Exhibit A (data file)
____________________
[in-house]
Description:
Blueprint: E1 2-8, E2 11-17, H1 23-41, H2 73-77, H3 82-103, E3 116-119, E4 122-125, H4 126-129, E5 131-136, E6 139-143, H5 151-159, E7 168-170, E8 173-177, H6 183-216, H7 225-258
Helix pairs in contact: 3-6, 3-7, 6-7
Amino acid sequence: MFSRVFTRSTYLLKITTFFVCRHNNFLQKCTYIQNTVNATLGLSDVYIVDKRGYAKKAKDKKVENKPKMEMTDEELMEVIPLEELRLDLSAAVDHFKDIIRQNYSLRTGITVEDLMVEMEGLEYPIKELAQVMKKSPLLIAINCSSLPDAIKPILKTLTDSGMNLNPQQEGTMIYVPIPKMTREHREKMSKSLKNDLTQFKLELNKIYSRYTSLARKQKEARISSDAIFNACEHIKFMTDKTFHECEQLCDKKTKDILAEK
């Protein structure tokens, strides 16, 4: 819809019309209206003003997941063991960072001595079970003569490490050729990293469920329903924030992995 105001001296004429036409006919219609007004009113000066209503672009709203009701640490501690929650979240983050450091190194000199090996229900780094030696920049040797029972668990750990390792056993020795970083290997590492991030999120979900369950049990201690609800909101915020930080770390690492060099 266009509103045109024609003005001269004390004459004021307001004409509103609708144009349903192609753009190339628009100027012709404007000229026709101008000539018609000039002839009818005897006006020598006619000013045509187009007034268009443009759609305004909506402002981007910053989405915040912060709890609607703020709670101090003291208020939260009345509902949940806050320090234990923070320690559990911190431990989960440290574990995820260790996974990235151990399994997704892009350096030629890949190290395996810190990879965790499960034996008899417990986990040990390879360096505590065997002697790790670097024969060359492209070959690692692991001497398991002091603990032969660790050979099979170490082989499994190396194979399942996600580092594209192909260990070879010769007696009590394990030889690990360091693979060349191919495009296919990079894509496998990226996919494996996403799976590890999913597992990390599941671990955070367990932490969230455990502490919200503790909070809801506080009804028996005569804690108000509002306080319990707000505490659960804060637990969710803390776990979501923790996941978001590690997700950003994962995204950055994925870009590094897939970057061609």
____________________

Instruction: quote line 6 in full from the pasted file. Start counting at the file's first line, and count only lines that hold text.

């Protein structure tokens, strides 16, 4: 819809019309209206003003997941063991960072001595079970003569490490050729990293469920329903924030992995 105001001296004429036409006919219609007004009113000066209503672009709203009701640490501690929650979240983050450091190194000199090996229900780094030696920049040797029972668990750990390792056993020795970083290997590492991030999120979900369950049990201690609800909101915020930080770390690492060099 266009509103045109024609003005001269004390004459004021307001004409509103609708144009349903192609753009190339628009100027012709404007000229026709101008000539018609000039002839009818005897006006020598006619000013045509187009007034268009443009759609305004909506402002981007910053989405915040912060709890609607703020709670101090003291208020939260009345509902949940806050320090234990923070320690559990911190431990989960440290574990995820260790996974990235151990399994997704892009350096030629890949190290395996810190990879965790499960034996008899417990986990040990390879360096505590065997002697790790670097024969060359492209070959690692692991001497398991002091603990032969660790050979099979170490082989499994190396194979399942996600580092594209192909260990070879010769007696009590394990030889690990360091693979060349191919495009296919990079894509496998990226996919494996996403799976590890999913597992990390599941671990955070367990932490969230455990502490919200503790909070809801506080009804028996005569804690108000509002306080319990707000505490659960804060637990969710803390776990979501923790996941978001590690997700950003994962995204950055994925870009590094897939970057061609």